The ShortRead of 22 April
Author: Attica Locke
What's the story: Did you miss Black Water Rising? In addition to introducing us to the struggling lawyer Jay Porter, it gave us our first taste of the immensely readable Attica Locke. Having scooped up a host of nominations for her 2010 debut, Locke's latest novel sees Porter return for another tense thrill ride.
Set 15 years after the events of Black Water Rising (don't worry, you'll be able to follow things if this is your first encounter with Porter), Pleasantville takes place in 1996, the year that Bill Clinton was re-elected. A mayoral election is looming in Houston, with the campaign focuses on Pleasantville - the African-American neighbourhood of the city that has swung almost every race since it was founded to house a growing black middle class in 1949. As the competition intensifies, a girl goes missing, apparently while canvassing for the lead candidate Axel Hathorne. When her body is found, Axel's nephew is charged with her murder - and it's down to Porter to try and defend him.
Release date: Out now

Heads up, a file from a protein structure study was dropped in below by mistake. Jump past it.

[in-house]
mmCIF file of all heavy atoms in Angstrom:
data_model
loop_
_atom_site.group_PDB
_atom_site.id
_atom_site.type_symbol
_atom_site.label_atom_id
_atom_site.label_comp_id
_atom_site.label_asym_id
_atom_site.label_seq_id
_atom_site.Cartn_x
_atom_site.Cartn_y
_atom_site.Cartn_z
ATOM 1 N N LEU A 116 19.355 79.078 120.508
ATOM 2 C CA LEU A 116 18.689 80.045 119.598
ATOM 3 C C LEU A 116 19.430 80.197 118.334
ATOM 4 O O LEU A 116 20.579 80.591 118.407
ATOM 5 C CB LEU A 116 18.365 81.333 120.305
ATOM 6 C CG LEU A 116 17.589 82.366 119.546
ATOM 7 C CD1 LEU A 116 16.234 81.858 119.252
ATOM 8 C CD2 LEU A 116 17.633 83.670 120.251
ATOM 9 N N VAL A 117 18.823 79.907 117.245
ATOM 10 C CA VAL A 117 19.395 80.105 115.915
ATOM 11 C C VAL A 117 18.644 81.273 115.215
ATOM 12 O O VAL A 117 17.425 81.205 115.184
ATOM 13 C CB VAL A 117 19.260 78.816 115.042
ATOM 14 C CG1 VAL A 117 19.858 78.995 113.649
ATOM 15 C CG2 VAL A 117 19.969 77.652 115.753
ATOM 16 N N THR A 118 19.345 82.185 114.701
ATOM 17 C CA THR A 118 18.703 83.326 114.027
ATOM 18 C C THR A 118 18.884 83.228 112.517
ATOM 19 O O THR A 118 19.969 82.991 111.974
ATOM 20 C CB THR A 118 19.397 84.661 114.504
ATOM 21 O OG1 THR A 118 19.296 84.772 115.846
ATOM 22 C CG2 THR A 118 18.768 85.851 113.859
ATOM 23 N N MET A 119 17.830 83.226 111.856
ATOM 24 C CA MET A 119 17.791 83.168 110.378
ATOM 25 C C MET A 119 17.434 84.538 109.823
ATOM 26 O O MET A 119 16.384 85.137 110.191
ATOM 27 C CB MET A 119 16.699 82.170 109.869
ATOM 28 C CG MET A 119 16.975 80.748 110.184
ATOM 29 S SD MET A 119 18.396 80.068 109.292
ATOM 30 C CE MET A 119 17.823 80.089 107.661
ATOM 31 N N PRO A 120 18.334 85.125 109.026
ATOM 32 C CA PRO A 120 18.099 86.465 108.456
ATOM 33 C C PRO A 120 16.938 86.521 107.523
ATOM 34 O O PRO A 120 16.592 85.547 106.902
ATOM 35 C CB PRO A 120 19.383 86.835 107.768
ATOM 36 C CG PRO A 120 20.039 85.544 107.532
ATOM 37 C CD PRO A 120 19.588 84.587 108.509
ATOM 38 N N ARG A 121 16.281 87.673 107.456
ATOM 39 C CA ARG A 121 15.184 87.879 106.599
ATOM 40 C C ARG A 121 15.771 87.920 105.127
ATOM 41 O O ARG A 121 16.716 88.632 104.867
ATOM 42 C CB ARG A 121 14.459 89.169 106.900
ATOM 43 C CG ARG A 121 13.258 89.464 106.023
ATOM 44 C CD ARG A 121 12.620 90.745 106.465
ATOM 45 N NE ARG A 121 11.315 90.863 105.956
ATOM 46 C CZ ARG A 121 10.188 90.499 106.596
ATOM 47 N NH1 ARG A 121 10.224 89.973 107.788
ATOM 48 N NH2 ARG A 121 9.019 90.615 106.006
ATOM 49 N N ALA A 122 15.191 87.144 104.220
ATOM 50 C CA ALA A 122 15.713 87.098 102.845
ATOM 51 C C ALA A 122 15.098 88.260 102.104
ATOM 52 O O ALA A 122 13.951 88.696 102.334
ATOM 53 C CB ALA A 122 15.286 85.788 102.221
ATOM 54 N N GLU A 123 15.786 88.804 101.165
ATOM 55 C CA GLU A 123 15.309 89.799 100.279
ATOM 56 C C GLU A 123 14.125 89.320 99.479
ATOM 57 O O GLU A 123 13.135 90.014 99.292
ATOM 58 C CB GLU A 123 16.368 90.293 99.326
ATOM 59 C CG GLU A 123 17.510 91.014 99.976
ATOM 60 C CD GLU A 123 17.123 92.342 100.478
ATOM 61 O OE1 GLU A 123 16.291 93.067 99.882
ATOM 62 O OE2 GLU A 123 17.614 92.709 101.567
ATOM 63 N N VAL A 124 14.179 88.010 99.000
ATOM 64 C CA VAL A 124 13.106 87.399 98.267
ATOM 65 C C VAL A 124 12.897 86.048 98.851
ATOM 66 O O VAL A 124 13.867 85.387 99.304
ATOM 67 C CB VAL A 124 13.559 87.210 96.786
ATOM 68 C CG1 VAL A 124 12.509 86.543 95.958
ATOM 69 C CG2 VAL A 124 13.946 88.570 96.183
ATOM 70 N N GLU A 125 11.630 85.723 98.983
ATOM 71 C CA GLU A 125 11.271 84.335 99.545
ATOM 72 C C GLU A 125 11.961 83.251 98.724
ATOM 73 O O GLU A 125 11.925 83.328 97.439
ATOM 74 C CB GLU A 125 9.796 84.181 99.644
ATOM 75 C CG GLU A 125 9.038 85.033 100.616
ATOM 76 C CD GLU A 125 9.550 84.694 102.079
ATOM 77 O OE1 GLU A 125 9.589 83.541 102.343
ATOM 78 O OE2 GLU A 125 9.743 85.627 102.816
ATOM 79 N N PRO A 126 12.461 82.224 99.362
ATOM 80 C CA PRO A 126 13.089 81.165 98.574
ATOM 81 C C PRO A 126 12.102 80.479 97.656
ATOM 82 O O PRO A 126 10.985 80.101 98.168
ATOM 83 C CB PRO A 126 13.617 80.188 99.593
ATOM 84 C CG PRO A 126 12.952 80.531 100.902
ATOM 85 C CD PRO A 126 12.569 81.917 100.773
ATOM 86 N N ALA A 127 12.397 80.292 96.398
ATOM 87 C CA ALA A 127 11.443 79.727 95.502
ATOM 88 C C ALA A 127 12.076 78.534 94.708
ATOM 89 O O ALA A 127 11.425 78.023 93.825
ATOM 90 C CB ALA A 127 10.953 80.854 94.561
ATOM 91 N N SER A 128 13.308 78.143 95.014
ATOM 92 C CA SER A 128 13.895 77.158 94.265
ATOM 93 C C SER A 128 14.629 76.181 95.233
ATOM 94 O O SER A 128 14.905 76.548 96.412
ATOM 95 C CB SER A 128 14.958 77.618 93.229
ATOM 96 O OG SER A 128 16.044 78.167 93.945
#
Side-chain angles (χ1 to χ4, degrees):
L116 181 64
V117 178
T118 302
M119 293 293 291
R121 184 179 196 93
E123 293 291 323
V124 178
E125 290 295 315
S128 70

They partied in Pleasantville that night, from Laurentide to Demaree Lane. They unscrewed bottle tops, set the needle on a few records, left dinner dishes soaking in the sink. They sat on leather sofas in front of color TVs, hovered over kitchen radios, kept the phone lines hot, passing gossip on percentages and precinct returns, on the verge, they knew, of realizing the dream of their lifetime, the ripe fruit of decades of labor and struggle. They were retired Army men, some, grown men who wept openly in front of their TV sets as the numbers started to roll in. They were doctors and lawyers, nurses, schoolteachers and engineers, men and women who had settled here in the years after the second world war, in Pleasantville, a neighborhood that, when it was built in 1949, had been advertised across the city’s airwaves and in the pages of the Defender and the Sun as the first of its kind in the nation – “a planned community of new homes, spacious and modern in design, and built specifically for Negro families of means and class,” a description that belied the rebellious spirit of its first inhabitants, the tenacity of that post-war generation. For, yes, they endured the worst of Jim Crow, back of buses and separate toilets; and, yes, they paid their poll taxes, driving or walking for miles each election day, waiting in lines two and three hours long. Yes, they waited. But they had also marched. In wingtips and patent leather pumps, crisp fedoras and pinstriped suits, belted dresses and silk stockings, they marched on city hall, the school board, even the department of public works, holding out the collective votes of a brand new bloc as a bargaining chip to politicians previously reluctant to consider the needs of the new Negro middle class, and sealing, in the process, the neighborhood’s unexpected political power, which would become legend over the next four decades. And it was hard not to believe it had all been leading to this.